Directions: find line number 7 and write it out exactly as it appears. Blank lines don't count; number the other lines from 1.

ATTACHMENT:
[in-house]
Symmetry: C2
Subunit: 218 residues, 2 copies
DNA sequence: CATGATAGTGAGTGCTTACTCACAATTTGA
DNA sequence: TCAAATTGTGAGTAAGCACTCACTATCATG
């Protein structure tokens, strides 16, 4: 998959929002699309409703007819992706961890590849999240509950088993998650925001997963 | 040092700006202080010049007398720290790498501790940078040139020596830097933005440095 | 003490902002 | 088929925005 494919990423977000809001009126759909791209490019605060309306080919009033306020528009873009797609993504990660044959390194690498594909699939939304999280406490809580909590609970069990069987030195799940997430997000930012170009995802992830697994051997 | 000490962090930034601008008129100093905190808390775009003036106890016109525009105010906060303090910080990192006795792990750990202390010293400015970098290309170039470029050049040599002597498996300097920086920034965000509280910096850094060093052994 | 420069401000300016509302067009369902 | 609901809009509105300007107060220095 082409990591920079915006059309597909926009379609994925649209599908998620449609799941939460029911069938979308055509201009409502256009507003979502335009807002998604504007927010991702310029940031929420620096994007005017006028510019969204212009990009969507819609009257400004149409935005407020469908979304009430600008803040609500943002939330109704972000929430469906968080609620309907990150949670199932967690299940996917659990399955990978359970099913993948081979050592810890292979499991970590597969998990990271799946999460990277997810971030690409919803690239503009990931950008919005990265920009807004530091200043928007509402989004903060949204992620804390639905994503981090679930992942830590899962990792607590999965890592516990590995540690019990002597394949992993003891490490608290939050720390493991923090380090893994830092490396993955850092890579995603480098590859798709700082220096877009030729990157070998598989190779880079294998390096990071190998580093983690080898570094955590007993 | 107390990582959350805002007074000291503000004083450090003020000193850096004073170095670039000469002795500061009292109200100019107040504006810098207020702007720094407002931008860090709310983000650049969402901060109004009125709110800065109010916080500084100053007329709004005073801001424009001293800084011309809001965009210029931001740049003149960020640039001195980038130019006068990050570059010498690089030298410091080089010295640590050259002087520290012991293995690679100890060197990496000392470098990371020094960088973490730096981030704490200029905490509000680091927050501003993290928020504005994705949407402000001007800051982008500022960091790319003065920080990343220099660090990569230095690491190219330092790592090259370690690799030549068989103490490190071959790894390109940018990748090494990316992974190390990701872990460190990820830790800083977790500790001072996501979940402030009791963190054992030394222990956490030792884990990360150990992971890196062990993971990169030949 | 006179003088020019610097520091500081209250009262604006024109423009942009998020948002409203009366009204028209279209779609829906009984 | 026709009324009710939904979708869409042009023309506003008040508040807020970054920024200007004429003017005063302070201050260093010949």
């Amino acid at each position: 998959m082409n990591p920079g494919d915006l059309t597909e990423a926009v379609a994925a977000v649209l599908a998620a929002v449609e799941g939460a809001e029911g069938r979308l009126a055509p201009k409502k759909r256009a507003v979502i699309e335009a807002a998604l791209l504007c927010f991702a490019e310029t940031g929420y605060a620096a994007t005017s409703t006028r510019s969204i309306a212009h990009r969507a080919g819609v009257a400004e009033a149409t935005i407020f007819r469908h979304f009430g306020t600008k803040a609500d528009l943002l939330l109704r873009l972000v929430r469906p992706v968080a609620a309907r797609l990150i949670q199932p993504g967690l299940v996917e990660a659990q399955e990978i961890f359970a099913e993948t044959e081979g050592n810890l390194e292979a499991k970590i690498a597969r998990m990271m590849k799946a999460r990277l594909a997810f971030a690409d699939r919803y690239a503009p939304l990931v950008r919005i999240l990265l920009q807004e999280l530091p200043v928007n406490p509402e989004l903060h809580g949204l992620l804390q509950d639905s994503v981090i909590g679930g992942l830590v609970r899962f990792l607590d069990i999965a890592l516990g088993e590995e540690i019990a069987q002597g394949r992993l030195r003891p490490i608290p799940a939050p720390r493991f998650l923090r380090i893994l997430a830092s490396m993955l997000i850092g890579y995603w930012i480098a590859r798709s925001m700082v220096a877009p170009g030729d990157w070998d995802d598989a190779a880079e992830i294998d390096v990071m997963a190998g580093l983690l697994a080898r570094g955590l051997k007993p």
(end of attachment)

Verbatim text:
């Amino acid at each position: 998959m082409n990591p920079g494919d915006l059309t597909e990423a926009v379609a994925a977000v649209l599908a998620a929002v449609e799941g939460a809001e029911g069938r979308l009126a055509p201009k409502k759909r256009a507003v979502i699309e335009a807002a998604l791209l504007c927010f991702a490019e310029t940031g929420y605060a620096a994007t005017s409703t006028r510019s969204i309306a212009h990009r969507a080919g819609v009257a400004e009033a149409t935005i407020f007819r469908h979304f009430g306020t600008k803040a609500d528009l943002l939330l109704r873009l972000v929430r469906p992706v968080a609620a309907r797609l990150i949670q199932p993504g967690l299940v996917e990660a659990q399955e990978i961890f359970a099913e993948t044959e081979g050592n810890l390194e292979a499991k970590i690498a597969r998990m990271m590849k799946a999460r990277l594909a997810f971030a690409d699939r919803y690239a503009p939304l990931v950008r919005i999240l990265l920009q807004e999280l530091p200043v928007n406490p509402e989004l903060h809580g949204l992620l804390q509950d639905s994503v981090i909590g679930g992942l830590v609970r899962f990792l607590d069990i999965a890592l516990g088993e590995e540690i019990a069987q002597g394949r992993l030195r003891p490490i608290p799940a939050p720390r493991f998650l923090r380090i893994l997430a830092s490396m993955l997000i850092g890579y995603w930012i480098a590859r798709s925001m700082v220096a877009p170009g030729d990157w070998d995802d598989a190779a880079e992830i294998d390096v990071m997963a190998g580093l983690l697994a080898r570094g955590l051997k007993p």